Tens of thousands of fentanyl pills seized in I-5 traffic stop
A Clackamas County man faces felony drug charges following a traffic stop near Ashland in which tens of thousands of pills resembling oxycodone were found, but actually were made from a deadly synthetic opiate.
Pavel V. Dubinstov, 22, of Damascus, faces charges of manufacturing and delivering a Schedule II controlled substance accusing him of transporting the fentanyl pills from California into Oregon in a 2008 Dodge Sprinter van with hidden compartments, according to documents filed last week in Jackson County Circuit Court and a release issued Thursday by the Medford Area Drug and Gang Enforcement task force.
On the afternoon of July 28, police stopped Dubinstov on northbound Interstate 5 at milepost 16 according to court documents. During the traffic stop, police impounded the van pending a drug investigation.
When MADGE executed a search warrant on the van two days after the stop, investigators say they found more than 10,000 blue-colored pills stamped with the number “30” on them inside a “hidden compartment.”
More than 60,000 pills were found inside a “hidden trap” inside the van, according to the release issued Thursday. MADGE said the pills were packaged in a way that attempted to mask their odor.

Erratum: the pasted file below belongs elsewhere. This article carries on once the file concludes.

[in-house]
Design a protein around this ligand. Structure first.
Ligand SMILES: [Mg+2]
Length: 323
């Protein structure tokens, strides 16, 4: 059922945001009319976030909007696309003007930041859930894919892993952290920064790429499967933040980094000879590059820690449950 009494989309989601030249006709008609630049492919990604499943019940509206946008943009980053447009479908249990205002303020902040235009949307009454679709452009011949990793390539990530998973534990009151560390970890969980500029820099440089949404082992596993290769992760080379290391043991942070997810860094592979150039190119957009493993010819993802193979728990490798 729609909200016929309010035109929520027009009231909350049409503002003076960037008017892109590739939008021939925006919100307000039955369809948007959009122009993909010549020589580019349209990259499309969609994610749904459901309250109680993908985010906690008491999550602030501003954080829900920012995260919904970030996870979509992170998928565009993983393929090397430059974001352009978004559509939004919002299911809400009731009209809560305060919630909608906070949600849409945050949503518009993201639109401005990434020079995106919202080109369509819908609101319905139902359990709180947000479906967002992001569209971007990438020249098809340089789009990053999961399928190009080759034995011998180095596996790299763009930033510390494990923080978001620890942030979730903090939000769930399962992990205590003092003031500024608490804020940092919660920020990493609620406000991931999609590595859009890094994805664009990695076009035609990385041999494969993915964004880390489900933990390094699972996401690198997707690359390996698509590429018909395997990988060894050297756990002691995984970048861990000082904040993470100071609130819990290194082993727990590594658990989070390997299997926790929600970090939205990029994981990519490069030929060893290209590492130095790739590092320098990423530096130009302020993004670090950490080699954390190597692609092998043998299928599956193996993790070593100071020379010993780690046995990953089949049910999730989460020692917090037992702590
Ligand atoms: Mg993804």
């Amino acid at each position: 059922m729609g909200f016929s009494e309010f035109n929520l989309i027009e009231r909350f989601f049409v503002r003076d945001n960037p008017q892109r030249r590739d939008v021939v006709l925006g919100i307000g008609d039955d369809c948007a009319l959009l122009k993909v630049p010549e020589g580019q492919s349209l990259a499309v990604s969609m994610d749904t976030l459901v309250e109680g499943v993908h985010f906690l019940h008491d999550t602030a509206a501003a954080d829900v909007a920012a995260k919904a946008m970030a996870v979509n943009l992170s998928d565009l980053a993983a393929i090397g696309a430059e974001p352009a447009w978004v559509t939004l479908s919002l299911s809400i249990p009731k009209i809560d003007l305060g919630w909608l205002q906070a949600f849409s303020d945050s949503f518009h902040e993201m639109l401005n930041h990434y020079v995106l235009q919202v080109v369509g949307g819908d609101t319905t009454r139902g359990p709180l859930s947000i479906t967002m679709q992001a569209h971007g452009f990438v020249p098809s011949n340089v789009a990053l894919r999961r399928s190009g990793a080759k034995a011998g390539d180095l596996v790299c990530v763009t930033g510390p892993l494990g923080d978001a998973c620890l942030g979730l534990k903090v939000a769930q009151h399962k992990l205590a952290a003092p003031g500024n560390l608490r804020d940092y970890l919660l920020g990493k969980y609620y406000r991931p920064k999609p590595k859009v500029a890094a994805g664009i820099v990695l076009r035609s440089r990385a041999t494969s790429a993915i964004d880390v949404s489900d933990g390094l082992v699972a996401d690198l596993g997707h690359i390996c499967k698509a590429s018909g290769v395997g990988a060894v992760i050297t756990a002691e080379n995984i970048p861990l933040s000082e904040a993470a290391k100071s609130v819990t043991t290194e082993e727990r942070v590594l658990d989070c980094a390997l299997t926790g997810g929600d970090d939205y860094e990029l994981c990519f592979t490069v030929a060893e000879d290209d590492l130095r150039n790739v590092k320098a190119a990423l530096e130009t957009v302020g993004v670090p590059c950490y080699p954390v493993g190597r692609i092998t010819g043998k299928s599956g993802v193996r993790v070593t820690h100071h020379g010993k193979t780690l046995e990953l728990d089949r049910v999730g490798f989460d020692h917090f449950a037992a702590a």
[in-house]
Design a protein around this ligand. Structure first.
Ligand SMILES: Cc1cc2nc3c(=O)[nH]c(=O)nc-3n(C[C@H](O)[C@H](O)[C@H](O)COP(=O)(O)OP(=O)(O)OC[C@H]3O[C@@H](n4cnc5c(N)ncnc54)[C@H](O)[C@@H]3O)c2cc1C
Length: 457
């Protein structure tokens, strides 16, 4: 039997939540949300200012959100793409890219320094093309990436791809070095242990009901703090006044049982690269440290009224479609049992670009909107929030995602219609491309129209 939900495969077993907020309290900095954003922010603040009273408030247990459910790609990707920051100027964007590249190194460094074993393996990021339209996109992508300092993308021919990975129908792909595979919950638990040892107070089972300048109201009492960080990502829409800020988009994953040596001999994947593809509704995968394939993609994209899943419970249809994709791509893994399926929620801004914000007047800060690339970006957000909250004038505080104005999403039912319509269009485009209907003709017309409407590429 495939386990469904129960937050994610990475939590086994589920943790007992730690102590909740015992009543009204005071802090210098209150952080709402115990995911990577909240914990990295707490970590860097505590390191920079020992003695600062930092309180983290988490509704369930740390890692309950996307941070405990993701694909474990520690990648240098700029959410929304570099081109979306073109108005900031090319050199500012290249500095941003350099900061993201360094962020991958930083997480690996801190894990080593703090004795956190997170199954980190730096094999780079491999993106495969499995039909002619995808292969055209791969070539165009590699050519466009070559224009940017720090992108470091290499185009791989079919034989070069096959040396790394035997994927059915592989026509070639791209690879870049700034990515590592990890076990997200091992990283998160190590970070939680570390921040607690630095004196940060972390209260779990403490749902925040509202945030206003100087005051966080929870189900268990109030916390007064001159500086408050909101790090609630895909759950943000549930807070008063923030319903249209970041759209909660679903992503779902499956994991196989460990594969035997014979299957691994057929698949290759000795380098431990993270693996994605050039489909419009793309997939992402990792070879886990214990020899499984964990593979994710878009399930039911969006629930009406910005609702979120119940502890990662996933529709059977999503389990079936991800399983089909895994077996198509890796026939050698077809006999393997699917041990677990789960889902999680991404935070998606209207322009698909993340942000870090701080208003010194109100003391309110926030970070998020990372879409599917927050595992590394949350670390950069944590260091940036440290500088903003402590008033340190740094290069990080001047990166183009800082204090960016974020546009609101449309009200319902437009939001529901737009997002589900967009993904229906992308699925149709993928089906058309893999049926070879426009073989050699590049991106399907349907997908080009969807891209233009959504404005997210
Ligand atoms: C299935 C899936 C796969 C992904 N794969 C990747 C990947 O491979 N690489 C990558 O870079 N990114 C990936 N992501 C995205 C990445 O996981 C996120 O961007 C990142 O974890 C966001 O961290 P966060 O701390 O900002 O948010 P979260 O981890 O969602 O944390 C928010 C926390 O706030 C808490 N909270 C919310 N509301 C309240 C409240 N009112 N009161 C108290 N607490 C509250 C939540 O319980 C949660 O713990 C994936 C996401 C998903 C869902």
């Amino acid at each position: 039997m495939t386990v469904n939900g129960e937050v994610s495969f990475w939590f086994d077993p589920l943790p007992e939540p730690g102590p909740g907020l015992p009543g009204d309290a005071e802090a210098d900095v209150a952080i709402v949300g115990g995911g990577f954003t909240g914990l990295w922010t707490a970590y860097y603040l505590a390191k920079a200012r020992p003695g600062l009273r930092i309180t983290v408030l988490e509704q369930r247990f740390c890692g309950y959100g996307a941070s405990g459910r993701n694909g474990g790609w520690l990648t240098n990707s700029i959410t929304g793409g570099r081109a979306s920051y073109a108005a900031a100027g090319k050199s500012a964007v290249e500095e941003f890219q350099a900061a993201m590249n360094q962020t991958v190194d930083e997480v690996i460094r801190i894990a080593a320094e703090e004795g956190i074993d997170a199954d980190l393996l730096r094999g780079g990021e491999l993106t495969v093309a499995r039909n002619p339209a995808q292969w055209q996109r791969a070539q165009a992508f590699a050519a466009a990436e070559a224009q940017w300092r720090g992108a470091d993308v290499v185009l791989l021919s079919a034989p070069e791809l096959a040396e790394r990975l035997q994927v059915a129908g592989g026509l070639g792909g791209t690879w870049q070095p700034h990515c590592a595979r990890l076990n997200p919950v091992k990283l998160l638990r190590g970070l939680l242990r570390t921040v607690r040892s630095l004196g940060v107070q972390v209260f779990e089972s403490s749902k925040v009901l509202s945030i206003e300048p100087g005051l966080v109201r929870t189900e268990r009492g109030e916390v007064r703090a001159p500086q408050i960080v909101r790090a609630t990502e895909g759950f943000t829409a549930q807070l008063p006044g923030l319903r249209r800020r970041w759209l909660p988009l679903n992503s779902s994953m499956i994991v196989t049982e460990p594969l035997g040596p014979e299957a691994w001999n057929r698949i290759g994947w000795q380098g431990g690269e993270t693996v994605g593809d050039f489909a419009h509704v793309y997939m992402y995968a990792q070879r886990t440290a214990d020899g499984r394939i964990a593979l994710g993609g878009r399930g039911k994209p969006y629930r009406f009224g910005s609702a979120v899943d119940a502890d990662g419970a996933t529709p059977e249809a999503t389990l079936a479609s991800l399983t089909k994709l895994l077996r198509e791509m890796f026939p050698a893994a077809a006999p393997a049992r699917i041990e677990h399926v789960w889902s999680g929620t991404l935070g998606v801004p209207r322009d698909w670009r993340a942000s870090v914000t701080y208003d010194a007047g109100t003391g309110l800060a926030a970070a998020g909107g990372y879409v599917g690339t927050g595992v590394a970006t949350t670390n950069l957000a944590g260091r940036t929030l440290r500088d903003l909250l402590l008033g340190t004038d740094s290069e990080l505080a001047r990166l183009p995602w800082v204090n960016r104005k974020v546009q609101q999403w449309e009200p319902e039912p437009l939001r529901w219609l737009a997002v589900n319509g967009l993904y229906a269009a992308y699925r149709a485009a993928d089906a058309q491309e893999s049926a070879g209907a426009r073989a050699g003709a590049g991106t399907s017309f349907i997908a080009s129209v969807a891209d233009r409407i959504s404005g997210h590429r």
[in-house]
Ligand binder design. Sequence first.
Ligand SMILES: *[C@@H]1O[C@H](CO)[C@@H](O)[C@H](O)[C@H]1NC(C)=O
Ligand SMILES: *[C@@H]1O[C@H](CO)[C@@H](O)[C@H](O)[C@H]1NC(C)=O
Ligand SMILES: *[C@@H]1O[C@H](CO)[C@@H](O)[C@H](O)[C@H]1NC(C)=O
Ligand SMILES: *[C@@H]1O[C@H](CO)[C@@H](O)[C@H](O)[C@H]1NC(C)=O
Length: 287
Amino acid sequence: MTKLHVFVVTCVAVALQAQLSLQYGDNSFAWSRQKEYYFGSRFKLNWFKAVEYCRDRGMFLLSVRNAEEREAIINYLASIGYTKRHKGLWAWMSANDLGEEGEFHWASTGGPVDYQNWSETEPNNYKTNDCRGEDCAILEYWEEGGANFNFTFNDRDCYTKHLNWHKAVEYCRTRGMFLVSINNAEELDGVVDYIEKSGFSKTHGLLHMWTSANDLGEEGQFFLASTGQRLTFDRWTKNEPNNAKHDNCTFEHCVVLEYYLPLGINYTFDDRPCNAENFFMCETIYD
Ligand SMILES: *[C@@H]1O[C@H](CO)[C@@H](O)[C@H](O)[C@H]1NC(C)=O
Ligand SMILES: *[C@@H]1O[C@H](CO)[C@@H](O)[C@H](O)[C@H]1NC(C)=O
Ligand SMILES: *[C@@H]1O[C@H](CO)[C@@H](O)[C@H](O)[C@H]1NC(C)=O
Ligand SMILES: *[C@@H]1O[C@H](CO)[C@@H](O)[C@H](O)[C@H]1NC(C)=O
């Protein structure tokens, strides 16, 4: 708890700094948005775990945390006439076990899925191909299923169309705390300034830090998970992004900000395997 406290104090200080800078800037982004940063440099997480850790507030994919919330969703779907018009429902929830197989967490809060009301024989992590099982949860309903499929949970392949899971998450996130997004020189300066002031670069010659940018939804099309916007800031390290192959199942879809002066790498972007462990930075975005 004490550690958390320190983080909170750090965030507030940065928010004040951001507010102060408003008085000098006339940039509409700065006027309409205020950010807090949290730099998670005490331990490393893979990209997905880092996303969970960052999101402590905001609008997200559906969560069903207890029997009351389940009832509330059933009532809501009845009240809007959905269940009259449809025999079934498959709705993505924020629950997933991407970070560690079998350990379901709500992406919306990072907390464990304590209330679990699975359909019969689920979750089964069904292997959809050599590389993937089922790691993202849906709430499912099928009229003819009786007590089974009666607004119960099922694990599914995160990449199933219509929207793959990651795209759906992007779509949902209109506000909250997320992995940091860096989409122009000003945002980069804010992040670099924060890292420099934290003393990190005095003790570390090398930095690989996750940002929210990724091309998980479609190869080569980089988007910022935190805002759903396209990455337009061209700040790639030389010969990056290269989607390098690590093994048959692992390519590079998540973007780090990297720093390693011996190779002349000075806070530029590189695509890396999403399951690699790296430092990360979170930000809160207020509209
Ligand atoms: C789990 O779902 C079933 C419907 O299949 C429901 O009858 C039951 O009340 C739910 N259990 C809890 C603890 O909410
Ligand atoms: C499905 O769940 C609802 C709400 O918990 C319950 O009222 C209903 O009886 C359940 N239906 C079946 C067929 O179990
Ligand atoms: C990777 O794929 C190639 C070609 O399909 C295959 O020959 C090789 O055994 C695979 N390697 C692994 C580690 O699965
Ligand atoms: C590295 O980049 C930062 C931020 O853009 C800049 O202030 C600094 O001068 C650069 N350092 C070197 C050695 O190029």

Each pill had a street value of roughly $50, according to MADGE.
Investigators believed the pills to be 30-milligram oxycodone, according to the release and earlier court documents. The blue pills were round with an “M” on one side and “30” on the other.
However, the pills tested positive for fentanyl, a powerful synthetic opiate known for its high risk of overdose because of its potency, which can be 50 to 100 times stronger than other opiates.
The federal Centers for Disease Control and Prevention has called fentanyl America’s deadliest drug.
Near the pills, police also allegedly seized “several bundles of cash,” including $4,010 near a storage cubby above the driver’s seat.
Dubinstov was transporting the load to the Portland area, said Medford police Lt. Darrell Graham. These types of pills, which are pressed to mimic oxycodone but are much more potent and deadly, are increasingly common in Southern Oregon, he said.
Graham said no connection has been established between the rise in overdoses this summer and this arrest. He declined to comment on the potency of the pills.
Dubinstov also faces misdemeanor counts of delivering and possessing cocaine after police allegedly found less than a gram of the drug inside a jacket behind the driver’s seat.
MADGE arrested Dubinstov Aug. 6 on drug charges, Jackson County Jail records show. He was released the same day after posting a 10% bond on his bail, which was set at $42,500, according to a news release from MADGE.
At the beginning of this week, a grand jury indicted Dubinstov on felony counts of unlawfully delivering a Schedule II controlled substance and unlawfully delivering cocaine, and on misdemeanor charges of unlawfully possessing a Schedule II controlled substance and possessing cocaine.
Court records show that Dubinstov is scheduled to make his initial court appearance on the Jackson County charges Sept. 5.
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